Did y’all know that Hainan Province formed several million years ago in the South China Sea after breaking off from what is now the northeastern coast of Vietnam? Fast forward to the mid-1800s, many people from the Chinese island province started to migrate to nearby Southeast Asia in search of more prosperous economic opportunities. When they left the island, they also brought with them one of the province’s most notable culinary exports, Hainanese chicken rice. The Hainanese immigrants forged roots throughout Southeast Asia, and their eponymous dish made a mark on essentially all of the cuisines in this region. Each of these countries has a variation of this delectable chicken and rice dish.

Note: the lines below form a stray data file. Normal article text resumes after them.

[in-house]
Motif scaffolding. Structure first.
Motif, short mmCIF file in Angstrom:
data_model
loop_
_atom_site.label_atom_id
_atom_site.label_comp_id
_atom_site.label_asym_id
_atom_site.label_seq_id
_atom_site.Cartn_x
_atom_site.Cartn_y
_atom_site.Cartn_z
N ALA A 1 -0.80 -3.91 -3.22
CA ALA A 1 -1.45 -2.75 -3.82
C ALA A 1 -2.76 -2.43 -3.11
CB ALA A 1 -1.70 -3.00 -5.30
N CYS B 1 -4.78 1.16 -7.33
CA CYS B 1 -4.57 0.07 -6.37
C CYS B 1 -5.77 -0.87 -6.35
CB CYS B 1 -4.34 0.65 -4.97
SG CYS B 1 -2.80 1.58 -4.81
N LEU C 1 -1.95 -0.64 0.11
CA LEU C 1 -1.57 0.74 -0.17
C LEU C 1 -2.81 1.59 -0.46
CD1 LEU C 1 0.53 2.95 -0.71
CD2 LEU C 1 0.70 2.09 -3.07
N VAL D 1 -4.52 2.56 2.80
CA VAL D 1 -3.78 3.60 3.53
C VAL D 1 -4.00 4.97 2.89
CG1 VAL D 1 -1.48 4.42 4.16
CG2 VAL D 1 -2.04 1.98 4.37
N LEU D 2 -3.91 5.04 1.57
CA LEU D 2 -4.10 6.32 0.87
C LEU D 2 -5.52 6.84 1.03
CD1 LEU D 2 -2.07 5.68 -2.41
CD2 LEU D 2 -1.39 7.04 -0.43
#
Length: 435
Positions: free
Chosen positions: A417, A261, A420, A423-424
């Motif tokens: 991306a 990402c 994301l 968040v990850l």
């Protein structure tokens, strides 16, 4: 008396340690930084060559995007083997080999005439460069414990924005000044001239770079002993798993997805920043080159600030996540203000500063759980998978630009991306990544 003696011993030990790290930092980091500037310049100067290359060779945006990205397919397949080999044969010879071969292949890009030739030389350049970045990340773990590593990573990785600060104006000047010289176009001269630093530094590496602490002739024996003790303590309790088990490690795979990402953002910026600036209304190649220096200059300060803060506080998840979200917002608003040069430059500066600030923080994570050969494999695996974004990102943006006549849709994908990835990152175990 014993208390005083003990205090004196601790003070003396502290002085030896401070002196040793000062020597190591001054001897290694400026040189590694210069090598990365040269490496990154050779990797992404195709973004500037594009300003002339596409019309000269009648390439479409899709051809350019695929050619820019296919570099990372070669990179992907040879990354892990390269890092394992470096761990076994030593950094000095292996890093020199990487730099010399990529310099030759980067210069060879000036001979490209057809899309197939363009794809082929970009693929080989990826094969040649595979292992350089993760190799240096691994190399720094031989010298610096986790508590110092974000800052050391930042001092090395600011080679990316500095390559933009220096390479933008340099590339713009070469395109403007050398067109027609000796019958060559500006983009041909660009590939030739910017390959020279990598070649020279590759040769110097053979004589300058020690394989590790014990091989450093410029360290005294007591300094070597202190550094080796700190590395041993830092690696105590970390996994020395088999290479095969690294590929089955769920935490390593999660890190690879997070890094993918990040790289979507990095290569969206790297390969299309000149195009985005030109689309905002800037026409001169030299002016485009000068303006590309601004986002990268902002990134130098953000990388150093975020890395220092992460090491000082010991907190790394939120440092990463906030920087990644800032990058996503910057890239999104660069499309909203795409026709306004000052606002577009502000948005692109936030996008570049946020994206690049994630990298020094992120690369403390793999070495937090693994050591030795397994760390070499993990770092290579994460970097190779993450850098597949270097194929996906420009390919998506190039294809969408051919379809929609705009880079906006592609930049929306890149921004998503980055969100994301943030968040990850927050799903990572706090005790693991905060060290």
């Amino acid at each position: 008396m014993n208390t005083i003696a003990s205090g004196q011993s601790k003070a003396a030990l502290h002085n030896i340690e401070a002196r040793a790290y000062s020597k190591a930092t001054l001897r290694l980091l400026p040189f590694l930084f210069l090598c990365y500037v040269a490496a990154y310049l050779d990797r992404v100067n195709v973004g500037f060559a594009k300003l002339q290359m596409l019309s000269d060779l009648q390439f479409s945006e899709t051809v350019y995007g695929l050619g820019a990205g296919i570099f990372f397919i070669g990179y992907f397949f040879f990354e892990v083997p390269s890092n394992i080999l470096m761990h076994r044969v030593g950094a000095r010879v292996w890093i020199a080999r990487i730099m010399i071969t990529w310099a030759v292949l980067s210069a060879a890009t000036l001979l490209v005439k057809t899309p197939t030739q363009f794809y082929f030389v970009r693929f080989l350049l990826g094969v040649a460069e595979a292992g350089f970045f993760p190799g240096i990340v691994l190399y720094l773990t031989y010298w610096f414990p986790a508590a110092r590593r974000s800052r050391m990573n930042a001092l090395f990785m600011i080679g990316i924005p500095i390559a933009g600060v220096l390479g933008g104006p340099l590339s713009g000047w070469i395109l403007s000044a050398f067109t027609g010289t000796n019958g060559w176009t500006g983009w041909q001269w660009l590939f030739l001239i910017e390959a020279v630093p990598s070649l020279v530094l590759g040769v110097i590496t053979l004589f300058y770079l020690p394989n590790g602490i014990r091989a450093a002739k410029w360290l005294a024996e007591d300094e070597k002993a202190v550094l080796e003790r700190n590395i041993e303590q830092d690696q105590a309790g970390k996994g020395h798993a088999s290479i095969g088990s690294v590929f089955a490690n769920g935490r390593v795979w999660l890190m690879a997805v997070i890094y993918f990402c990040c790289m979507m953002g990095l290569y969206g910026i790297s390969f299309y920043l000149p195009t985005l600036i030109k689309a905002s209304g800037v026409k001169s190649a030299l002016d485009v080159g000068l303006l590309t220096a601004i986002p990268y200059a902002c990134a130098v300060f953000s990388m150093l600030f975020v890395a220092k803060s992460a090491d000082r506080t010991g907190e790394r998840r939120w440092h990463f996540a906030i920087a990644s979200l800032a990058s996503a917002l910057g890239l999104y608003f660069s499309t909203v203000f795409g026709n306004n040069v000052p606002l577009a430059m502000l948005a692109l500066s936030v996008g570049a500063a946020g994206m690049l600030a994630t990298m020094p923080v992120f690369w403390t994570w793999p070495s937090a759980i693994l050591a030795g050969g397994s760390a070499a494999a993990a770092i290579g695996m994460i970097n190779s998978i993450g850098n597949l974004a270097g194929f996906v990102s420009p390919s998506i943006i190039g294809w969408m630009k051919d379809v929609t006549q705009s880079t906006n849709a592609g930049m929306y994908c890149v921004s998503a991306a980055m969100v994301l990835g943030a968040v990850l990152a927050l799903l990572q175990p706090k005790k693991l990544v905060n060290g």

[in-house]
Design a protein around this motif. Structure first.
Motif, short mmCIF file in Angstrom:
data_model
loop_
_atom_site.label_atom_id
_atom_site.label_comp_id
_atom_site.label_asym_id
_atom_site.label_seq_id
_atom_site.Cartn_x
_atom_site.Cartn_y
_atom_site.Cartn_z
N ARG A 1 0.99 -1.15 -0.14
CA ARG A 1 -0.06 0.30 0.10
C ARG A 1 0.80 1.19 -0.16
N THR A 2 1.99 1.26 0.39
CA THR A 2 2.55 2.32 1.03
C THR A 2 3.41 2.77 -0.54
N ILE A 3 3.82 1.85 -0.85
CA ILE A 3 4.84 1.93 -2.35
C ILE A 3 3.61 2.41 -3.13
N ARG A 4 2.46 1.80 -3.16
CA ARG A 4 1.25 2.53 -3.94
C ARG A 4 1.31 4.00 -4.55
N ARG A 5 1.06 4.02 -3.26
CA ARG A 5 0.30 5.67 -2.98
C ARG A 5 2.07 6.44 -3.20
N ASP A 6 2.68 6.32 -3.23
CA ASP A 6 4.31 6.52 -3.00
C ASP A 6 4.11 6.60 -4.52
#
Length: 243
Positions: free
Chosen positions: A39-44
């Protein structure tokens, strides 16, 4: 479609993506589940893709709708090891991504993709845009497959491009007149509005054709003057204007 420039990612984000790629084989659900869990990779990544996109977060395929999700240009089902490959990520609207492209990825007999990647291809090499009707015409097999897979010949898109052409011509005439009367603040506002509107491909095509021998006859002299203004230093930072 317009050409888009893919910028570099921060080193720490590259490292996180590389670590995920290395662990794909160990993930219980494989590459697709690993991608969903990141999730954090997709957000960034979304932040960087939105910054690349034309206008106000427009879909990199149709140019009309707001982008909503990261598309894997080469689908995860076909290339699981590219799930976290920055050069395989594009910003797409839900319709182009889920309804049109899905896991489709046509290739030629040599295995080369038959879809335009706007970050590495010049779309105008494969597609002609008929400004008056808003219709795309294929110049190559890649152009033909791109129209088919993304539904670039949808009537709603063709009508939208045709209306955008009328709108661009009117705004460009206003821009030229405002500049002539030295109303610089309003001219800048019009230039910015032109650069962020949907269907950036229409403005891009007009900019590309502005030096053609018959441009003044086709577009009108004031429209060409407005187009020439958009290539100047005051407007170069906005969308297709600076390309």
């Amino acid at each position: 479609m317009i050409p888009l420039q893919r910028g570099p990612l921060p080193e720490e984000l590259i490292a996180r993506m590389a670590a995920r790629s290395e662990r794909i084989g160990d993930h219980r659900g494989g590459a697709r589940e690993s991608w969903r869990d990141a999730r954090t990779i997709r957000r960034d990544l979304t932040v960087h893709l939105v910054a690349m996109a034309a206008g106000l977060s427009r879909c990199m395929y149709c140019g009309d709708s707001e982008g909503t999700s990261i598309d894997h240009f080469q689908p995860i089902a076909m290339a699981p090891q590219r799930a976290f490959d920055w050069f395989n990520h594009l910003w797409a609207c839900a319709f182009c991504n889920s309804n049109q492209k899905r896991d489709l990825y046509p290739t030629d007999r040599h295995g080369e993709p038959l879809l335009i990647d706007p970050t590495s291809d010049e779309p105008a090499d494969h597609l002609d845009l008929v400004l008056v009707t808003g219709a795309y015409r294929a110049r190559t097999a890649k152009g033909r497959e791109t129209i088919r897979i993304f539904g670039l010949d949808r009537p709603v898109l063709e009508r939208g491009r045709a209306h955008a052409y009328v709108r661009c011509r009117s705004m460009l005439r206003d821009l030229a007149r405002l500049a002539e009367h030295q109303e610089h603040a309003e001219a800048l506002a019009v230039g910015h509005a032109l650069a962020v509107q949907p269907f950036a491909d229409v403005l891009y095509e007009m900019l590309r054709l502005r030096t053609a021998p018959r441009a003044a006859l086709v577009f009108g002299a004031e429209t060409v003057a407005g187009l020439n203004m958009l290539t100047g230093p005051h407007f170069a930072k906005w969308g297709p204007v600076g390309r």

In Vietnamese cuisine, the dish is known as cơm gà hải nam. It’s such a simple dish composed of few ingredients, yet tastes exquisitely delicious. We start by gently poaching a whole chicken with ginger and onion. Once the chicken is cooked, we remove it from the broth and allow it to cool. I’ve read that some chefs dunk the chicken in ice cold water after cooking it. In doing so, a gelatinous layer forms on the surface of the chicken and the skin becomes more elastic. We then take the rich poaching broth to steam the rice. I skim off and discard all of the chicken fat that comes to the surface of the broth. But, many folks will use that fat to make the rice, which gives it a nice glossy sheen. To give the rice an even bolder flavor, I sauté the rice after steaming it with minced garlic and ginger.